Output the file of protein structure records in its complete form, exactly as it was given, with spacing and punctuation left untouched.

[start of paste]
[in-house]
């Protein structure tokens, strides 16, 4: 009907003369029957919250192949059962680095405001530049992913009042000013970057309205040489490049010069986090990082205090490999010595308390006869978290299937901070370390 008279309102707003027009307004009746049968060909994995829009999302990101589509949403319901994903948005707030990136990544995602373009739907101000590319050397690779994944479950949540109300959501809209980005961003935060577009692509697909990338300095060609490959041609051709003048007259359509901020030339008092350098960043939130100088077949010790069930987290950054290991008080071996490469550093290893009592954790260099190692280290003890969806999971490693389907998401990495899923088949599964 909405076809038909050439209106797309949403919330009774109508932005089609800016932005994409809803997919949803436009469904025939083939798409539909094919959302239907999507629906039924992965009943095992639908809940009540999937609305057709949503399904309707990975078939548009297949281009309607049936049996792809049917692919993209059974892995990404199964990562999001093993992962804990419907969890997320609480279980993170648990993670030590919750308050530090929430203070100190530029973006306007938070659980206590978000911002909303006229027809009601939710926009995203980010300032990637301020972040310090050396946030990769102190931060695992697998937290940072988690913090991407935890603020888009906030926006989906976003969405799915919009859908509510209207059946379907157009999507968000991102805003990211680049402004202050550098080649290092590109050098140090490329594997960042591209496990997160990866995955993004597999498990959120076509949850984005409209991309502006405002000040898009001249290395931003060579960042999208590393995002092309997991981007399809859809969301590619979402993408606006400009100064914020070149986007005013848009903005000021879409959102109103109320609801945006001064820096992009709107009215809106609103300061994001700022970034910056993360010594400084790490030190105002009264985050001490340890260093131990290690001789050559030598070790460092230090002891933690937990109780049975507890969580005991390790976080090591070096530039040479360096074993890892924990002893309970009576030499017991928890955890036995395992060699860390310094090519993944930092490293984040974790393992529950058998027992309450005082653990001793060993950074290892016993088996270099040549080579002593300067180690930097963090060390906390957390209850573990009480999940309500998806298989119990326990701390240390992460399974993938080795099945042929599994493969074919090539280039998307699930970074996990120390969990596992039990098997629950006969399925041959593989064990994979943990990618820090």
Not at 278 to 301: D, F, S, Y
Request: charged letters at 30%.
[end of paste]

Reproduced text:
[in-house]
């Protein structure tokens, strides 16, 4: 009907003369029957919250192949059962680095405001530049992913009042000013970057309205040489490049010069986090990082205090490999010595308390006869978290299937901070370390 008279309102707003027009307004009746049968060909994995829009999302990101589509949403319901994903948005707030990136990544995602373009739907101000590319050397690779994944479950949540109300959501809209980005961003935060577009692509697909990338300095060609490959041609051709003048007259359509901020030339008092350098960043939130100088077949010790069930987290950054290991008080071996490469550093290893009592954790260099190692280290003890969806999971490693389907998401990495899923088949599964 909405076809038909050439209106797309949403919330009774109508932005089609800016932005994409809803997919949803436009469904025939083939798409539909094919959302239907999507629906039924992965009943095992639908809940009540999937609305057709949503399904309707990975078939548009297949281009309607049936049996792809049917692919993209059974892995990404199964990562999001093993992962804990419907969890997320609480279980993170648990993670030590919750308050530090929430203070100190530029973006306007938070659980206590978000911002909303006229027809009601939710926009995203980010300032990637301020972040310090050396946030990769102190931060695992697998937290940072988690913090991407935890603020888009906030926006989906976003969405799915919009859908509510209207059946379907157009999507968000991102805003990211680049402004202050550098080649290092590109050098140090490329594997960042591209496990997160990866995955993004597999498990959120076509949850984005409209991309502006405002000040898009001249290395931003060579960042999208590393995002092309997991981007399809859809969301590619979402993408606006400009100064914020070149986007005013848009903005000021879409959102109103109320609801945006001064820096992009709107009215809106609103300061994001700022970034910056993360010594400084790490030190105002009264985050001490340890260093131990290690001789050559030598070790460092230090002891933690937990109780049975507890969580005991390790976080090591070096530039040479360096074993890892924990002893309970009576030499017991928890955890036995395992060699860390310094090519993944930092490293984040974790393992529950058998027992309450005082653990001793060993950074290892016993088996270099040549080579002593300067180690930097963090060390906390957390209850573990009480999940309500998806298989119990326990701390240390992460399974993938080795099945042929599994493969074919090539280039998307699930970074996990120390969990596992039990098997629950006969399925041959593989064990994979943990990618820090």
Not at 278 to 301: D, F, S, Y
Request: charged letters at 30%.